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Property reassessment draws fire


With a 12 percent property appraisal hike predicted as the average increase for 2005 in Knox County for approximately 172,000 pieces of property, property assessor John Whitehead came out West to answer questions while giving advice to those upset with their appraisal.

Whitehead spent about 45 minutes with the Council of West Knox County Homeowners, Inc. during its monthly meeting Tuesday, April 12, in the Cokesbury United Methodist Church Center.

One homeowner said he knew of a case where a three bedroom, two-car garage home’s appraisal went up $40,000 where a four bedroom, three-car garage home went up only $3,000.

If you paid a “high price” for your home relative to your neighbors with similar homes, “That means the ones that paid the most for their house is going to get by with not paying taxes on that high value,” Whitehead said. If you paid a “low price” for your home, “That means they’re not going to get by with that, either. It means they’re going to get brought up.”

Within a subdivision of similarly valued homes, for example, “We’ll use these fifty dwellings and see how many sales have been in there the past two or three years … then we’ll kick out the very high one, the very low one, and try to hit the middle,” Whitehead said about the appraisal process.

Whitehead said appraisal hearings for disgruntled property owners are a “very simple process, it’s easy. We’re not hard to get along with. … we haven’t had anybody to wait yet that has come in. They just go right back. I encourage people to come in if they think they’re value’s wrong. Most people don’t get mad if they’re treated fairly.”

But the tax assessor warned not to delay action. “If we find a mistake, we can only go back by state law eighteen months,” Whitehead said.

“The problem with people coming into our office is they’re never prepared to come in,” Whitehead said. “They come in and what they want to talk about is taxes. … What you need to look for is the houses that have sold in your area in the last two years. Make sure their comparable to your house. …”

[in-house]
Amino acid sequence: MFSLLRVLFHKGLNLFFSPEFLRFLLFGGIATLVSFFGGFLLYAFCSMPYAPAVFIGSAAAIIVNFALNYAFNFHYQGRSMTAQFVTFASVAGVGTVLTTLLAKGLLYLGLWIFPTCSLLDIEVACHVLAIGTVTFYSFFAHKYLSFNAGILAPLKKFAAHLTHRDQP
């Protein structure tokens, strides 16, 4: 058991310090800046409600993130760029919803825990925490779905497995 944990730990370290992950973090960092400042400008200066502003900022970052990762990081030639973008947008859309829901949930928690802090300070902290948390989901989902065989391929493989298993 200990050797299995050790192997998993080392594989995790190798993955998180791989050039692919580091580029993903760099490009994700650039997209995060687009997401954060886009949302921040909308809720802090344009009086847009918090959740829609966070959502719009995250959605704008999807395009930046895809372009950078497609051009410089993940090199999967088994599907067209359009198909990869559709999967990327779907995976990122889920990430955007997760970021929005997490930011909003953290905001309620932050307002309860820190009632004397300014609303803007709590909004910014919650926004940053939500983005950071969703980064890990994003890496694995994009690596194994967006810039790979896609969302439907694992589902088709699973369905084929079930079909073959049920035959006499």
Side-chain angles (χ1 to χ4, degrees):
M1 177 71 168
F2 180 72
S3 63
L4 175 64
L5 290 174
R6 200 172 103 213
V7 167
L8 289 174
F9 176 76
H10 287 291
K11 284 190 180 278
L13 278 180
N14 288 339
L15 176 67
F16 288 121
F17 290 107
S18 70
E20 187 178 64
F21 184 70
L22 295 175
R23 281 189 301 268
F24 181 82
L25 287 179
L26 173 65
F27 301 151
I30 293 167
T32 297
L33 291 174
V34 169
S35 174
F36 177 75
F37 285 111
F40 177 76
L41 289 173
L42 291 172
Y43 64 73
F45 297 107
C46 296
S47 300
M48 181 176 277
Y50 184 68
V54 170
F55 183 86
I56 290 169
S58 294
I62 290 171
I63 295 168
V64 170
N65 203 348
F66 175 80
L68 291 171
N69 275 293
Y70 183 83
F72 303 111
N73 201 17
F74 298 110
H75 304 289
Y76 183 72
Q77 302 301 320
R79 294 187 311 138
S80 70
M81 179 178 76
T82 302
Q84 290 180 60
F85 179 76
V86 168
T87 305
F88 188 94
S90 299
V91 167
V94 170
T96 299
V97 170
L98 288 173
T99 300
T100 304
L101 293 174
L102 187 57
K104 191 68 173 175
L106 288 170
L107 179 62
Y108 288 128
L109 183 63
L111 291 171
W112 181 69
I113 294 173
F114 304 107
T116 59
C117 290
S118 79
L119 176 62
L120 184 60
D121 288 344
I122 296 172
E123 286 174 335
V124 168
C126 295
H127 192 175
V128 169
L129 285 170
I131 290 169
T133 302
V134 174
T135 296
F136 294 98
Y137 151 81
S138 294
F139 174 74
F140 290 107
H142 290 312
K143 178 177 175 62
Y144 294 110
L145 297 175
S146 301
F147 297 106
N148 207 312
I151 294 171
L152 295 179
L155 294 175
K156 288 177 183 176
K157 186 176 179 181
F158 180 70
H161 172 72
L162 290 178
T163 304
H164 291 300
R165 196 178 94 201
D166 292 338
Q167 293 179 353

Whitehead said that in order to find out what adjacent homes most recently sold for, “it takes a while. We don’t have it online or anything.”

Knox County Commissioner Craig Leuthold, District 5, who also works in the property assessor’s satellite office in Farragut Town Hall, said, “Know the exact address … that would make the search a lot easier.”

Whitehead estimated it would be June before the final reappraisal numbers are calculated. “Once we get those final numbers, if it turns out the county’s total tax base assessment has went up twelve percent … I think it’ll be close to that … then the tax rate, city and county, will go down about twelve percent. If that number turns out to be right, then twelve percent is going to be a break-even point,” he said. “If you’re appraisal went up twelve percent, then you’re going to break even. If it goes up more than twelve percent, then you’re going to pay more taxes. If you go down (below 12 percent), you’ll pay less.

“The total (revenue) the county gets in will equal the approximate total they got last year. That is in the state law, so they have to cut the tax rate back.

“Now, just to give you the whole story, there’s a little loophole. Counties and cities can raise the certified rate,” Whitehead said. “But in order to raise that rate, you have to have thirty days of public hearings. They have to put a notice in the paper that they intend to raise that rate. In the whole time I’ve been down there (since 1972), the City of Knoxville has done it one time, and the county of Knox has done it one time.

“But this year, both finance directors and both mayors have said they’re not going to ask for more money,” Whitehead added. “So, the certified rate should stand, assuming it brings in the same amount of money it brought in last year — that certified rate should stand this year. … Next year is an election year, they ain’t gonna raise ’em next year more than likely. So you’ve probably got two years without a tax increase.”

Leuthold added, “… You’ve got to remember, the last time Knox County has had a true property tax increase was back in (1999), so we’ve gone through six tax rates without an increase,” adding that the current rate of $2.96 has been the rate since 2001.

Whitehead said this year’s appraisals would be public record as of May 20.

 

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